The opinion of the court was delivered by: SWEET
Plaintiffs commenced this action against defendants in New York Supreme Court for breach of contract and for an accounting. Defendants removed the action to this court under 28 U.S.C. § 1441. Plaintiffs now move to remand the action to state court pursuant to 28 U.S.C. § 1447(c). A review of the facts underlying this action demonstrates a lack of subject matter jurisdiction over the claims asserted in the complaint.
Therefore, the motion to remand is granted.
A. Parties and Factual Setting.
Plaintiffs are trustees of the R.O.U. Benefits Plan (the "ROU Plan"). The ROU Plan is a benefit and welfare trust fund for radio officers established pursuant to a collective bargaining agreement between the Radio Officers Union, United Telegraph Workers, AFL-CIO ("ROU") and employers in the American merchant marine. Defendants are trustees of the A.R.A.-P.M.A. Welfare Plan and of the A.R.A. Pension and Welfare Plan (the "ARA Plans"). These plans are benefit trust funds for radio officers created pursuant to a collective bargaining agreement between the American Radio Association, AFL-CIO ("ARA") and American merchant marine employers. All three plans are funded by contributions received from employers who are parties to the respective collective bargaining agreements. They are maintained in accordance with the requirements of Section 302(c) of the Labor Management Relations Act of 1947, as amended ("LMRA"), 29 U.S.C. § 186(c). In addition, defendant Sokolowski is the administrator of the A.R.A. Pension and Welfare Plan, and defendant Paul Anselmo is the training director of the A.R.A.-R.O.U. Training Program.
In January, 1951, the trustees of the ARA Plans voted to establish a training program to provide correspondence and residence training courses for the benefit of ARA members, to be known as the ARA Technology Institute for Maritime Electronics ("T.I.M.E."). On October 4, 1960 and December 1, 1962; the ROU Plan signed contracts with the ARA Plans (the "Contracts") under which it agreed to contribute to T.I.M.E. and under which ROU members became eligible to participate in T.I.M.E. programs.
T.I.M.E. itself is not a Section 302(c) trust. It receives no direct contributions from employers, but rather is funded by contributions from the ROU Plan and the ARA Plans in accordance with the Contracts. T.I.M.E. has no trust assets of its own and has no trustees. Defendants have not disputed plaintiffs' assertion that T.I.M.E. is regulated neither under the LMRA nor under the Employee Retirement Income Security Act of 1974, ("ERISA"), 29 U.S.C. §§ 1001 Et seq.
Plaintiffs commenced this suit in New York Supreme Court in 1979, shortly after the ROU Plan terminated its participation in T.I.M.E. Plaintiffs allege that, beginning in 1976, the ARA Plans pursued a course of harassment of the ROU Plan by preventing the trustees of the ROU Plan from participating in setting policies pertaining to the operation of T.I.M.E. The complaint alleges that the defendants denied access to training programs to ROU officers, prevented the ROU Plan from participating in the restructuring of T.I.M.E."s curriculum, and withheld financial data concerning T.I.M.E. from ROU trustees. Plaintiffs aver that these actions constitute a breach of the Contracts, for which they are entitled to recover damages.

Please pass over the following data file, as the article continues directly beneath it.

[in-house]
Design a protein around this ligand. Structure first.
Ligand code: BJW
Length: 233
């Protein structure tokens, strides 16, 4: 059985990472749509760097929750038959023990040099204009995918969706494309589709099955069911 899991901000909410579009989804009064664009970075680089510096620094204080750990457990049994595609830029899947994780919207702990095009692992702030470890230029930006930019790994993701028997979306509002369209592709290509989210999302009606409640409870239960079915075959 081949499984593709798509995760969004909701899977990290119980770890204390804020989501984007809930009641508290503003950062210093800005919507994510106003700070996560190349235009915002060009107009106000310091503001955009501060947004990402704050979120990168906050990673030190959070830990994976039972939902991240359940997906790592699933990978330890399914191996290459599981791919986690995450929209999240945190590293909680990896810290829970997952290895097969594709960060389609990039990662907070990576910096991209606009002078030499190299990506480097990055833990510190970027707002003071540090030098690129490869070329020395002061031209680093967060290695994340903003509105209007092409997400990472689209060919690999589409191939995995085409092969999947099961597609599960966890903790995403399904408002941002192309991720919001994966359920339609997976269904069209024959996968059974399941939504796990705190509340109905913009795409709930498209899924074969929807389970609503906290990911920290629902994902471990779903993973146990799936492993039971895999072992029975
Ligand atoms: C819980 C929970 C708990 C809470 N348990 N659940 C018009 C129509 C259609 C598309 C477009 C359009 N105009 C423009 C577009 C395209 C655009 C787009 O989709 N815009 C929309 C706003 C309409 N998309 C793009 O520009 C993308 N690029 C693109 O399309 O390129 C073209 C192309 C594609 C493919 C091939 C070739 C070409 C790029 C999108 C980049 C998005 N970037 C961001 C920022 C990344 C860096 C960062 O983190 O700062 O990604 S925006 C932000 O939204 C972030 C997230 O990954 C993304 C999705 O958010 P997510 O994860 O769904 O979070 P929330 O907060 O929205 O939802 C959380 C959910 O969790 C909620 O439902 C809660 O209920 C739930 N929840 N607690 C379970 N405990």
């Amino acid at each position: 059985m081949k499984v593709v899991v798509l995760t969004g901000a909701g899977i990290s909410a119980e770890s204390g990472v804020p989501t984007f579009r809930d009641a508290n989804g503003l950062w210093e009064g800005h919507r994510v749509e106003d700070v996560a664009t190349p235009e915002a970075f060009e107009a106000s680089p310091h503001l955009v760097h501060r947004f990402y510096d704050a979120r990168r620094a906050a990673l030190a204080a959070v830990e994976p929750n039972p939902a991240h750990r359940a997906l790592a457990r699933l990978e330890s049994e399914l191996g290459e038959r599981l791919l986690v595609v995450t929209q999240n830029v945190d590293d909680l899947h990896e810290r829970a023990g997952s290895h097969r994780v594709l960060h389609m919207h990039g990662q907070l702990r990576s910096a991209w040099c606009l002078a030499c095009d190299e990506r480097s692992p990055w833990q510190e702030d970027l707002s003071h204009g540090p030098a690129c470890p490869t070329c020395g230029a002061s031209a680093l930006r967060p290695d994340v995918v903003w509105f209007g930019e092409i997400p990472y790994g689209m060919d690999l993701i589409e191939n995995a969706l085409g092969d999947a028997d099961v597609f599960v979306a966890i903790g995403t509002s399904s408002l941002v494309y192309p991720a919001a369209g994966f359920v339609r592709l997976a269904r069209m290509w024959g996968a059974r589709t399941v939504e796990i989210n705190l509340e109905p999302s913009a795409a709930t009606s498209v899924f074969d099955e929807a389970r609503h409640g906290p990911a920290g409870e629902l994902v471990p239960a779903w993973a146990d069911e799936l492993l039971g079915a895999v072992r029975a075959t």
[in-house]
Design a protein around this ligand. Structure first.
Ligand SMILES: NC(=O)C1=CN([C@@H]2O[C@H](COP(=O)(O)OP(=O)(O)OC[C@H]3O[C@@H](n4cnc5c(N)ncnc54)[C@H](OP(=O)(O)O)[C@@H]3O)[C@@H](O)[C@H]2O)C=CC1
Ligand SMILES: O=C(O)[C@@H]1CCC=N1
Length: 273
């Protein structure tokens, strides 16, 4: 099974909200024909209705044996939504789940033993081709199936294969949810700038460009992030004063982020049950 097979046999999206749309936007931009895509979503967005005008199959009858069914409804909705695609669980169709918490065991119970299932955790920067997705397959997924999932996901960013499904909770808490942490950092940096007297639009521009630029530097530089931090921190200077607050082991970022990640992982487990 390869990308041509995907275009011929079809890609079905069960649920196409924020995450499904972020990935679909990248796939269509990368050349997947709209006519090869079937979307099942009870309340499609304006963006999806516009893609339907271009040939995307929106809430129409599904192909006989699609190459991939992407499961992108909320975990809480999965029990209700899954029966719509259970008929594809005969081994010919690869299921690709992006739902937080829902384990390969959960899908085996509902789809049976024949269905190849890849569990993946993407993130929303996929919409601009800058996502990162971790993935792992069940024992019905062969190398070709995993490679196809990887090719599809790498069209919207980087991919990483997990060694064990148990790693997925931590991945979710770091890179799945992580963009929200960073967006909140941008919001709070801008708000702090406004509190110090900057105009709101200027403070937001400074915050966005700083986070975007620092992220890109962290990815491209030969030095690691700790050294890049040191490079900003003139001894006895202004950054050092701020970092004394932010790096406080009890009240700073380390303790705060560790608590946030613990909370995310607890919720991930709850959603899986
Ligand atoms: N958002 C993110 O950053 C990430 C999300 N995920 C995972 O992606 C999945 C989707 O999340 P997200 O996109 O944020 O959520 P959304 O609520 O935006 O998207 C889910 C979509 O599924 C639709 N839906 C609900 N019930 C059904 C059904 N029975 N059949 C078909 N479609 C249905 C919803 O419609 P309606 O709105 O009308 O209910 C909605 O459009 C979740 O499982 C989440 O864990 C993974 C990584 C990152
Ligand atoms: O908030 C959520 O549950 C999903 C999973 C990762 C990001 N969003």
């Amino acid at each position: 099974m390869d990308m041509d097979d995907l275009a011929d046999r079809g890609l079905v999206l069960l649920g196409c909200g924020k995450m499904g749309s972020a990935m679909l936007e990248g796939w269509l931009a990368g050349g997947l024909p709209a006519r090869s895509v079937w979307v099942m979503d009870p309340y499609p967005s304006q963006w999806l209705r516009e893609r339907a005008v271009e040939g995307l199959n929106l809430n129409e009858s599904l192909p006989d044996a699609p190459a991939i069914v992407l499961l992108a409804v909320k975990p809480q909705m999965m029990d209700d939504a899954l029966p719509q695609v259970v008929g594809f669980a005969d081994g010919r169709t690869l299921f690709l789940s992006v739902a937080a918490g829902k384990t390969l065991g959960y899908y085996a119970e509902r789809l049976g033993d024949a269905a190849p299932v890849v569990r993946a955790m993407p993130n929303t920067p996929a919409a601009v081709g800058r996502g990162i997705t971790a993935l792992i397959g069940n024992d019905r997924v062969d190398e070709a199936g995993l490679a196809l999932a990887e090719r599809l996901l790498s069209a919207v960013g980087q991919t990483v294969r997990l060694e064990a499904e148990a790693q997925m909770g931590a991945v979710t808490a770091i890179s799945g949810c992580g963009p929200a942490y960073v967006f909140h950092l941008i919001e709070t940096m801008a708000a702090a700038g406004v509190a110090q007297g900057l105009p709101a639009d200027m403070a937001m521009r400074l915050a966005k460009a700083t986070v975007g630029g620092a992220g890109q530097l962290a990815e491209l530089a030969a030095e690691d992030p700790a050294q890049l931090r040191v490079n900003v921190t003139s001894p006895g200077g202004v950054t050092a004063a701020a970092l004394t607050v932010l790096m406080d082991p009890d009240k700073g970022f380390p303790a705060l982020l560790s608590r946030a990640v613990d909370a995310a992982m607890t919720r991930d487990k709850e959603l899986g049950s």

Plaintiffs' second cause of action seeks an accounting of T.I.M.E."s assets and inventory, which the ARA Plans have allegedly prevented T.I.M.E. from providing.
Defendants have counterclaimed for $ 200,000 for the averred failure of plaintiffs to make sufficient contributions to the T.I.M.E. program as required by the Contracts.
Defendants urge that federal jurisdiction exists over the claims asserted in the complaint pursuant to Sections 301 and 302 of the LMRA, 29 U.S.C. §§ 185, 186, Section 502 of ERISA, 29 U.S.C. § 1132, and 28 U.S.C. § 1337.
Whether a basis for federal jurisdiction exists which will support removal of an action is determined solely by reference to the allegations in plaintiffs' complaint, and not to those contained in defendants' answer. Gully v. First National Bank, 299 U.S. 109, 113, 57 S. Ct. 96, 81 L. Ed. 70 (1936). Moreover, claims asserted in a counterclaim can not serve as the basis for a finding of federal jurisdiction. Coditron Corp. v. AFA Protective Systems, Inc., 392 F. Supp. 158, 161 (S.D.N.Y.1975).
B. Section 301 of the LMRA.
Section 301 of the LMRA provides:
Suits for violation of contracts between an employer and a labor organization representing employees in an industry affecting commerce or between any such labor organizations . . . may be brought in any district court of the United States having jurisdiction of the parties . . .
29 U.S.C. § 185(a). Defendants argue that this suit should be viewed as one involving the breach of the collective bargaining agreement between ROU and the employers it represents, or as one concerning the ...